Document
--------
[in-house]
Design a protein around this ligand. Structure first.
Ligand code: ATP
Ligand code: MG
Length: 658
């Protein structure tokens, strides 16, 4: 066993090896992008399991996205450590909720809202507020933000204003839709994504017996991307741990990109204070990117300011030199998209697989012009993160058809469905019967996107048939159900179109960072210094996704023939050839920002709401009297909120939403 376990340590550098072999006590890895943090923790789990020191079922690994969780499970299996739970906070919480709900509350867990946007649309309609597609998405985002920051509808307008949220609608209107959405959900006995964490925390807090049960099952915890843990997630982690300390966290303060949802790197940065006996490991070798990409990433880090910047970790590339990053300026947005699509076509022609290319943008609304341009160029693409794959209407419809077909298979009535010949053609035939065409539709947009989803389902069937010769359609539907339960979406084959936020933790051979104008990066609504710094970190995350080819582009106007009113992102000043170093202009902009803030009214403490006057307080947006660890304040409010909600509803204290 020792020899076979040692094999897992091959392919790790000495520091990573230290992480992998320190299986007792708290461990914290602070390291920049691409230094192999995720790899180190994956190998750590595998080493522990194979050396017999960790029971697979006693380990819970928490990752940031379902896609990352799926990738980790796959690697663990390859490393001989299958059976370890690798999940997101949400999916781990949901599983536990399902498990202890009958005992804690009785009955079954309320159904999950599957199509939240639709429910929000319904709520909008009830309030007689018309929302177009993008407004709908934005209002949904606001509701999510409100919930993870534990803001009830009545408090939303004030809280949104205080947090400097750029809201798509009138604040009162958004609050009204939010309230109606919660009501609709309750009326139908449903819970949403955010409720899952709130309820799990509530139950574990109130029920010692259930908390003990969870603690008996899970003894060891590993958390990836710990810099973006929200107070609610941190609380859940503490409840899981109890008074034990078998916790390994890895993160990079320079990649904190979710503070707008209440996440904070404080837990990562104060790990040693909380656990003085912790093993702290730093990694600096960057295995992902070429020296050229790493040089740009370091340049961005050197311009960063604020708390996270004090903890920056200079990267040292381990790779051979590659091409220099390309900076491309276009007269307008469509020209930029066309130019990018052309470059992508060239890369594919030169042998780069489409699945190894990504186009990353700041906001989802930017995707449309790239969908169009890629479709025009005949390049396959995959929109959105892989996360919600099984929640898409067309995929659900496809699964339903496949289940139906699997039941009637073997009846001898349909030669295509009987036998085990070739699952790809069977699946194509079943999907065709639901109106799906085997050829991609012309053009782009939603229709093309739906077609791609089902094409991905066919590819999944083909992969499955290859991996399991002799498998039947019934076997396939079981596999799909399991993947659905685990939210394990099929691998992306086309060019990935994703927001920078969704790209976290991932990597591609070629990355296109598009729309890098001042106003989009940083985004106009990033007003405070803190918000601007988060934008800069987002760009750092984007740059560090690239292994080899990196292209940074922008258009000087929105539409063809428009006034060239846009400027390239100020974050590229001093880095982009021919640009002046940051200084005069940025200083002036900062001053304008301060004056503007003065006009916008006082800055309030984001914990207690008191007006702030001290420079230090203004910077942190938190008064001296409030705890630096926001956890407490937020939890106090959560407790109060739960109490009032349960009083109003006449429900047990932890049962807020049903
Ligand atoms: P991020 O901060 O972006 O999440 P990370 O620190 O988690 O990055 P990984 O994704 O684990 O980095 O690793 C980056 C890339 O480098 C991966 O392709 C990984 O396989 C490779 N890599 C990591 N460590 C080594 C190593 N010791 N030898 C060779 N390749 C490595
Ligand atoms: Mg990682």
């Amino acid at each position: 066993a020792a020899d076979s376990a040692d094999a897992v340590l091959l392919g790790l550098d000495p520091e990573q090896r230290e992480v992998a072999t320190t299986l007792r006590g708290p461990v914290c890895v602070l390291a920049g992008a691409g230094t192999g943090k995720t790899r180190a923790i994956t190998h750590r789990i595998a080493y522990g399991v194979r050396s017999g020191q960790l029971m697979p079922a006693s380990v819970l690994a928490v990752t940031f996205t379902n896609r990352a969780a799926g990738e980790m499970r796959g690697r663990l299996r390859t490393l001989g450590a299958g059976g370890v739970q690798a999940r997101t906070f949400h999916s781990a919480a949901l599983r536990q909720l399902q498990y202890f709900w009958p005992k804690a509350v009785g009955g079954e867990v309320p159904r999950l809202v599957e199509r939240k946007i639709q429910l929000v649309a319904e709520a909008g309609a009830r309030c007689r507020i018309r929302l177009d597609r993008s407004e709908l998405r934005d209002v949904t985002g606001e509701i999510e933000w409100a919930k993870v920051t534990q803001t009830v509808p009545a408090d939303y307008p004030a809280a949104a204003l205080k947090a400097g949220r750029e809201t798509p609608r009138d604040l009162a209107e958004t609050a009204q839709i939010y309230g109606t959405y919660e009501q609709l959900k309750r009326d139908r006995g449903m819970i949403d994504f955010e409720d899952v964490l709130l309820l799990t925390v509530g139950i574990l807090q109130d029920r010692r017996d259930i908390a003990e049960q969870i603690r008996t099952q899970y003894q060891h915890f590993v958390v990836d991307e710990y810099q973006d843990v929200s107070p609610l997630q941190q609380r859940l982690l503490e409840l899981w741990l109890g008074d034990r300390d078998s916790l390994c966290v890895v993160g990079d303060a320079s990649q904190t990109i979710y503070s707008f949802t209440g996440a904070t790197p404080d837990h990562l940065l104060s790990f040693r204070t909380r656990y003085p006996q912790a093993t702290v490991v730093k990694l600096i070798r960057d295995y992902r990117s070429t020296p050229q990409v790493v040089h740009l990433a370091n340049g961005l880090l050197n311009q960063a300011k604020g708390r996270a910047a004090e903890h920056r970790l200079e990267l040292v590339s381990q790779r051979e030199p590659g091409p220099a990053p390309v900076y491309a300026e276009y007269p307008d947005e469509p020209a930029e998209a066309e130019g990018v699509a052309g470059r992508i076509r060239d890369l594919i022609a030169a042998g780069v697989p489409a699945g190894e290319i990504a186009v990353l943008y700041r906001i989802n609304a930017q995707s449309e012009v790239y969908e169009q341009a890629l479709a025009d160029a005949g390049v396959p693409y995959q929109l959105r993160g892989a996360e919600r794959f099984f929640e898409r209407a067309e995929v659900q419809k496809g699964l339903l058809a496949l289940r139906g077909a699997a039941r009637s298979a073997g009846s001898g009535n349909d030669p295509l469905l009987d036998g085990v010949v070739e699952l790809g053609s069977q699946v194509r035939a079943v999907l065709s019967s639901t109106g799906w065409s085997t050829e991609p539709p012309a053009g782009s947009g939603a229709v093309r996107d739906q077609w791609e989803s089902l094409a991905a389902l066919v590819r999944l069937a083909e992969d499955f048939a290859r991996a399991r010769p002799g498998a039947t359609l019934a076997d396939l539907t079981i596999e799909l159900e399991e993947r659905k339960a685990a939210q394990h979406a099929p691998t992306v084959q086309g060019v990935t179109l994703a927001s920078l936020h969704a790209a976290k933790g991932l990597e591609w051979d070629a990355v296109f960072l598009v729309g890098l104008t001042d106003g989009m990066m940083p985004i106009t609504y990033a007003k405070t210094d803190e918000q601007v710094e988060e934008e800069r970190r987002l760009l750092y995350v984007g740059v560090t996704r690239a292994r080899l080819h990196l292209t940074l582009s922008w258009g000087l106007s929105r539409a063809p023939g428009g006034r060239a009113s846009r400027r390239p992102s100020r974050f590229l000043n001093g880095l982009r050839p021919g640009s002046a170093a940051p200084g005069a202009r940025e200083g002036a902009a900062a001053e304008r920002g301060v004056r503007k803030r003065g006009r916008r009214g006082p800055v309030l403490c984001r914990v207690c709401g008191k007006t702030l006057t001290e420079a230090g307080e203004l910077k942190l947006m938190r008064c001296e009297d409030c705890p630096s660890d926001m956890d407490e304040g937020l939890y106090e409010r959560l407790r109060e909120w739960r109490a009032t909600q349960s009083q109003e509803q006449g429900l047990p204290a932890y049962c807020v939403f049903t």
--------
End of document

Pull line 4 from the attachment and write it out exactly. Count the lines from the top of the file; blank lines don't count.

Ligand code: MG